The original inhabitants of the region were made up of 14 distinct language groups and were as much a part of the landscape as the natural resources on which they depended for survival.
The people of the region are today still tied to the seasons: rain brings optimism and promise to townspeople as well as the rural sector. Because of the economic dominance of the pastoral industry, if the ‘cockies’ are feeling the pinch, businesses in the towns are as well. It is a dynamic community, much changed from fifty years ago, with some changes being driven by economics; some by technology.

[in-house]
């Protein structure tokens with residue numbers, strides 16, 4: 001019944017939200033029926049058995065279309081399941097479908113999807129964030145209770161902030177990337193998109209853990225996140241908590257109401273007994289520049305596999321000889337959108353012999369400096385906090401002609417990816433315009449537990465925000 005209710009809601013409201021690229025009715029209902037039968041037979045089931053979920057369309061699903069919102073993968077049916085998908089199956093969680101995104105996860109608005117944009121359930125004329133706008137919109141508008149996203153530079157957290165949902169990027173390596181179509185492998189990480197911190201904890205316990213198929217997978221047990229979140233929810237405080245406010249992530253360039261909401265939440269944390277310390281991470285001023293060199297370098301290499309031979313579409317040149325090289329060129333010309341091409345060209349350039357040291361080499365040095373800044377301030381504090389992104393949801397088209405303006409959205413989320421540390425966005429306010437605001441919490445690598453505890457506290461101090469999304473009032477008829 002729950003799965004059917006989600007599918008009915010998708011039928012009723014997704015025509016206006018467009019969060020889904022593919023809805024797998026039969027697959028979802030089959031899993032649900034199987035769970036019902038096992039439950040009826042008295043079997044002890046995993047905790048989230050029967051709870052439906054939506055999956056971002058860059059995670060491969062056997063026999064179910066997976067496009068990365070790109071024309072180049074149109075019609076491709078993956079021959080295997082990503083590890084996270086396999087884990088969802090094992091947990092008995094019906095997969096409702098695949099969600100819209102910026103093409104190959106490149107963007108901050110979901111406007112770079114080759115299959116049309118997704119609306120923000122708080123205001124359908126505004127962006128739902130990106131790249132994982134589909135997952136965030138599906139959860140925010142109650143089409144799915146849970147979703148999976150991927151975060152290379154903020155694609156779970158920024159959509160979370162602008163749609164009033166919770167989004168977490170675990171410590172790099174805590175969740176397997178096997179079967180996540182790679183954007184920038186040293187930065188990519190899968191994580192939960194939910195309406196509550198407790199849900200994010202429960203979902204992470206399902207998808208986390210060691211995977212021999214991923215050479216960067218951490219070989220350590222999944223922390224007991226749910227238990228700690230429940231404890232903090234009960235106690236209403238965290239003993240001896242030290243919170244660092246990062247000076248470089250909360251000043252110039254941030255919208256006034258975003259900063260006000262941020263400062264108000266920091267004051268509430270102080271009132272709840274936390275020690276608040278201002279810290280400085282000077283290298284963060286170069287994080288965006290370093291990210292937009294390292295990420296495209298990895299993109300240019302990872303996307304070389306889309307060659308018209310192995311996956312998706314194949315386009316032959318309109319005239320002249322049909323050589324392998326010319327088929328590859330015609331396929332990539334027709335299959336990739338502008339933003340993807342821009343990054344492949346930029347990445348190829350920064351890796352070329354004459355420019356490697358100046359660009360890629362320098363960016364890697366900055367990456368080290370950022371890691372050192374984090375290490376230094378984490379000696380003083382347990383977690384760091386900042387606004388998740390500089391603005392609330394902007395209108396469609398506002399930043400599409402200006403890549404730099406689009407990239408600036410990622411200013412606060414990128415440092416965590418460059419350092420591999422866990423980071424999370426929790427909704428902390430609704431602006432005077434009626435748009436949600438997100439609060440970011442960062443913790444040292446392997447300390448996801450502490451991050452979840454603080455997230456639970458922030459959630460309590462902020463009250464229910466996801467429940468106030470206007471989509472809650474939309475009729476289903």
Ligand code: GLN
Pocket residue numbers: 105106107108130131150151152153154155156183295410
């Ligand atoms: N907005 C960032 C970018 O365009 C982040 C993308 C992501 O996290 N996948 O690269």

The region’s 14,500 inhabitants, scattered over more than 500,000 sq km, are stewards of a vast landscape rich in natural and cultural heritage, and immensely productive for pastoralism, mining, petroleum and tourism.
DCQ has also developed a
Community Information Paper
that provides more information on our community.